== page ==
Framework guidance for dealing with climate change risk management “supervisory expectations” will be released this year, the acting head of the regulator of national banks said Monday, following a “range of practices” review that will begin this week.
In a speech at agency headquarters in Washington, Acting Comptroller of the Currency Michael J. Hsu said the Office of the Comptroller of the Currency (OCC) is now developing high-level supervisory expectations for large banks related to climate risk management.
“We expect to issue framework guidance by the end of this year, to be followed next year with detailed guidance for each risk area,” Hsu said. “The detailed guidance will build on a range-of-practices review that will launch this week, industry and climate groups’ input, and lessons from other jurisdictions.”
Hsu said that bank boards can play a “pivotal role” in putting into motion the “concrete steps that banks need to take to prudently manage climate risk.” He outlined five “pointed questions” for boards of large banks to pose to management about their exposures to climate-change risks. Those are:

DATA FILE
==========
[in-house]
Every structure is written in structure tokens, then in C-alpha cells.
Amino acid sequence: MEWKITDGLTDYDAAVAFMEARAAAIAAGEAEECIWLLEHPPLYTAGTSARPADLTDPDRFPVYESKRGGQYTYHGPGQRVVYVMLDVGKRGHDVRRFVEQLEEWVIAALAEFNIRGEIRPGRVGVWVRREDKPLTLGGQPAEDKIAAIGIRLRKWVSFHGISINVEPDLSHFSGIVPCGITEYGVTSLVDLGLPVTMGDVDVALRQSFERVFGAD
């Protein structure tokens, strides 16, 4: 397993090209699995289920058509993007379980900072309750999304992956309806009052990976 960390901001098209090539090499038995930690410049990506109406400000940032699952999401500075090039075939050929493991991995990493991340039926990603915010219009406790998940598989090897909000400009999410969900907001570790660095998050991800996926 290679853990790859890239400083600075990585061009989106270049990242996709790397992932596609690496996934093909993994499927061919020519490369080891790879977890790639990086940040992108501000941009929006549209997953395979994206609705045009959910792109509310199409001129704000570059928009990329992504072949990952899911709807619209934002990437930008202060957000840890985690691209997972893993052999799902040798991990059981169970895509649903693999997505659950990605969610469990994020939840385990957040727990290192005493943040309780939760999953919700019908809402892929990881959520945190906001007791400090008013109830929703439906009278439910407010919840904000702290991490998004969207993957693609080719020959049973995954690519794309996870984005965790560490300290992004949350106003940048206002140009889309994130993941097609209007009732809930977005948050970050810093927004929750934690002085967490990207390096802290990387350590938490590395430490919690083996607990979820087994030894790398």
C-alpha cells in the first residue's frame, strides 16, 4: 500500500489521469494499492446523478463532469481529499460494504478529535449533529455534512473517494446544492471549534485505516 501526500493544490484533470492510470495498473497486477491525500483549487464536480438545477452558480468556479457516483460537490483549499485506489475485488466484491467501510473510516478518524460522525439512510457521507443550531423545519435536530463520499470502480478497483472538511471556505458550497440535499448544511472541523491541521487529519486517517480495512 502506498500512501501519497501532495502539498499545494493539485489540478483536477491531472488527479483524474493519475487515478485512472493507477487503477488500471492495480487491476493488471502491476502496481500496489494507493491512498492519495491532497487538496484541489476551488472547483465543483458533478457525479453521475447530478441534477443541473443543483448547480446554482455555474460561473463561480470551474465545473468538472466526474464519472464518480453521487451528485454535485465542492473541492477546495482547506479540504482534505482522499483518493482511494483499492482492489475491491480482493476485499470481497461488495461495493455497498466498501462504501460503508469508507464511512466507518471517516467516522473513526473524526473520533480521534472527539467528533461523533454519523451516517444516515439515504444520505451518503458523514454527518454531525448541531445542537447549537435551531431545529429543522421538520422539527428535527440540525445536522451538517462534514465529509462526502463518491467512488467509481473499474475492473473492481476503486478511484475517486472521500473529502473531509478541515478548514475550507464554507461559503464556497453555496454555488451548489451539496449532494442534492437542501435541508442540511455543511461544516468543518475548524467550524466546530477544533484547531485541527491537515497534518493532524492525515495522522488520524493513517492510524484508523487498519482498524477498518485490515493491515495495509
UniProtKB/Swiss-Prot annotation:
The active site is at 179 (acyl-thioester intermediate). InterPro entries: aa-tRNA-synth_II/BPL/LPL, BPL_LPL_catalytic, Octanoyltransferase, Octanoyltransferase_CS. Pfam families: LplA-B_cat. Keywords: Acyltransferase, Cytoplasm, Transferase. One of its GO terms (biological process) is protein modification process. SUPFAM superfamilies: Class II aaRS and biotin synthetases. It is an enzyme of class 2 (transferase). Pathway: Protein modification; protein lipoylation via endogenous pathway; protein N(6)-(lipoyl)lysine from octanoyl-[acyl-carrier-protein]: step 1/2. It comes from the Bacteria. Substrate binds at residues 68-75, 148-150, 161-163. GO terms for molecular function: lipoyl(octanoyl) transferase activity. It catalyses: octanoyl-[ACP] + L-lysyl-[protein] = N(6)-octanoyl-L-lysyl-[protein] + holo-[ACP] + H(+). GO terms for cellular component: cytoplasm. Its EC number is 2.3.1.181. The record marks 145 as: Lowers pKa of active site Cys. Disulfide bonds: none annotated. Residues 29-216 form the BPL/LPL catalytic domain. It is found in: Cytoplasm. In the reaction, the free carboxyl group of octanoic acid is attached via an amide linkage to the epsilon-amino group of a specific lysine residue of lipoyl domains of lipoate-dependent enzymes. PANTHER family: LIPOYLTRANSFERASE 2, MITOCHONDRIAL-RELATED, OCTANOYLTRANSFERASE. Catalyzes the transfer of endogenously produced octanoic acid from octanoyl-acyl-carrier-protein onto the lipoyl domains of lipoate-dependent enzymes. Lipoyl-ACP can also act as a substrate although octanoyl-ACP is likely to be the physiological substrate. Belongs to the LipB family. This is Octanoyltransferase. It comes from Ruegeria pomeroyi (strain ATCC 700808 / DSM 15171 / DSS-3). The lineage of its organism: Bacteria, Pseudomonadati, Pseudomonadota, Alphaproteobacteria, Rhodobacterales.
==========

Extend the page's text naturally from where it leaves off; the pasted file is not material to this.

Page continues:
- What is the bank’s overall exposure to climate change?
- Which counterparties, sectors, or locales warrant the bank’s heightened attention and focus?
- How exposed is the bank to a carbon tax?
- How vulnerable are the bank’s data centers and other critical services to extreme weather?
- What can the bank do to position itself to seize opportunities from climate change?
The acting comptroller asserted that climate change poses significant risks to the financial system and that the industry is at an important moment. “Today, I want to move the climate conversation from the offices of scientists, policymakers, and regulators to bank boardrooms,” he said.